Experiencing DRIME Kenya: A Canadian Perspective

By Aubri Uitvlugt

Last November, DRIME Kenya celebrated their 10th anniversary. DRIME Kenya has always been a highly respected team in the DRIME community, but Kenya can feel like a vague and faraway place for many of us. What does life look like for the team? How can we pray for them? We hope to give you a better understanding in this new 4-part series: Getting to Know DRIME Kenya.

 

“Can anything good come out of Kibera?”

Imagine you’re living in an overcrowded slum, sleeping in a tin-roofed shack with hand-fashioned metal walls, a curtain for a door and dirt floors; you have little to no access to electricity or running water; the ground outside is packed with garbage and heavily polluted by human waste; narrow, unmarked pathways randomly twist and turn around each corner. The deeper you go in, the closer everything becomes. This is what it’s like to be in Kibera, one of the largest slums in Africa. And, it’s here that the DRIME Kenya team not only ministers, but also lives.

There’s a drastic contrast between the rich and the poor in Nairobi, Kenya’s capital, especially when you enter a place like Kibera, which spans roughly 630 acres. “On one side of Kibera, there’s this big wall and you can’t see over it,” says Lillian, the Director of DRIME. “But if you could, you’d see a beautiful golf course on the other side.”

Many Kenyans think that nothing good could come out of Kibera, and many that live in the city will never enter the slum. Local churches are often surprised to realize that this professional-looking team is based out of Kibera, and amazed at the faithfulness of the leaders and the team in continuing to do ministry—the team is in its 11th year. “Outsiders have commented, Wow, God must really be in this ministry,” says Janna, who has worked with the team for ten years. “God is in it. The only way it is still going today is because of His guiding, His leading, His provision.”  

As a team, “Life is hard for them,” Janna says. “Finding stable employment is difficult. Providing for themselves and for their families is a daily challenge. That often affects their ability to do ministry. Often they either don’t have finances so they can’t get to the ministry location, or they have an opportunity to work and they will take that because that provides money, which provides food and shelter. You can’t fault someone for wanting to work to provide for themselves and their family.”

Despite the challenges, “The team is incredible. They work really hard.” Janna is often humbled and challenged by how they endure and persevere through life’s everyday difficulties. “The amount of faith they have in God and the faith they put in Him is inspiring. They are some of the strongest people I know.”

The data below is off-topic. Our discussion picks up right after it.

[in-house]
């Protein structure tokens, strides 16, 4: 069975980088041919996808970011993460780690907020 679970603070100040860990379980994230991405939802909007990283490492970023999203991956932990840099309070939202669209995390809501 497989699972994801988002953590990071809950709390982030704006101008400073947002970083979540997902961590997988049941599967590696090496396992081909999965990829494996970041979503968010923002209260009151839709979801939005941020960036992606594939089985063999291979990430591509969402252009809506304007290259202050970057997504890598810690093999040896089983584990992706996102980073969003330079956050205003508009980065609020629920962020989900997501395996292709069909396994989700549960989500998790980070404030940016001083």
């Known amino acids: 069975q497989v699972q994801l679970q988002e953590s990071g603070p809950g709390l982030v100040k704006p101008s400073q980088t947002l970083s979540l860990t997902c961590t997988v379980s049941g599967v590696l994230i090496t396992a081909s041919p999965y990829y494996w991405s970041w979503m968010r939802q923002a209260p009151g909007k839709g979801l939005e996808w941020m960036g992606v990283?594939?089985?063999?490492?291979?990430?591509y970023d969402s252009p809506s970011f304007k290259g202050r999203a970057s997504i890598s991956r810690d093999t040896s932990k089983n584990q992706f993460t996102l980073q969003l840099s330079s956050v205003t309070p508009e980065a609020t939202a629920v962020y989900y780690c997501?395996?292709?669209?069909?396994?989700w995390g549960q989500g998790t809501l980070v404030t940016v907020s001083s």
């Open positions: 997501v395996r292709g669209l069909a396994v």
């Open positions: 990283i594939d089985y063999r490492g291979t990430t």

Serving (With) The Local Church

One of the strengths of the Kenya team is their connections with churches. “Every Sunday when they go out, they are always with a church so they have a place where they can connect people for follow-up,” Janna explains. “That is something they worked hard at. It is paying off and working well for them.”

The team is lead by Eva, a strong and resilient leader dedicated to sharing the gospel and making disciples. For her, evangelism and discipleship is not just something she does, it’s her way of life. She works hard at meeting people and getting to know churches.  

On a Sunday, the team attends the service of a church they’ve connected with. “We fellowship together and if they allow us to do some dramas in the church, we perform one or two dramas,” says Eva. “We explain to them what we will be doing, then we always ask them if they can also join us so we can do ministry together.”

Evelyn comments, “Many DRIME teams aspire to have a partnering church for each time of ministry, but I think only Kenya has done it with this level of success.”

When the team, and willing church participants, arrive at the street they’ll do ministry, the team announces who they are and begins the dramas. “Most of the time, the crowd will come immediately,” Eva says. “When people see we’re just acting and not talking and in black, they wonder what’s happening. They come quickly to see, and they watch the performance. We do five dramas all of them at once, and then we stop and we begin talking one-on-one for some time, and then when that slows down we do more dramas so we can begin another conversation.”

DRIME Kenya stirs up people’s curiosity, and makes Jesus inescapable on the streets of Nairobi; every time they do, they put full faith in God knowing He works when they follow His lead. A lot of good is coming out of Kibera, and the impact is felt not only in Kenya, but also all around the world where their story is being told.  

Right now, imagine yourself in Kibera, and as you do, pray for Eva and the team. Pray for the work they are doing. Pray that the team will continue to walk in God’s will and continue to see God move through their ministry. Thank you for partnering with DRIME Kenya!

 

Stay tuned for the next blog on what DRIME-style evangelism looks like in Kenya, and follow DRIME Kenya on Facebook for their updates!

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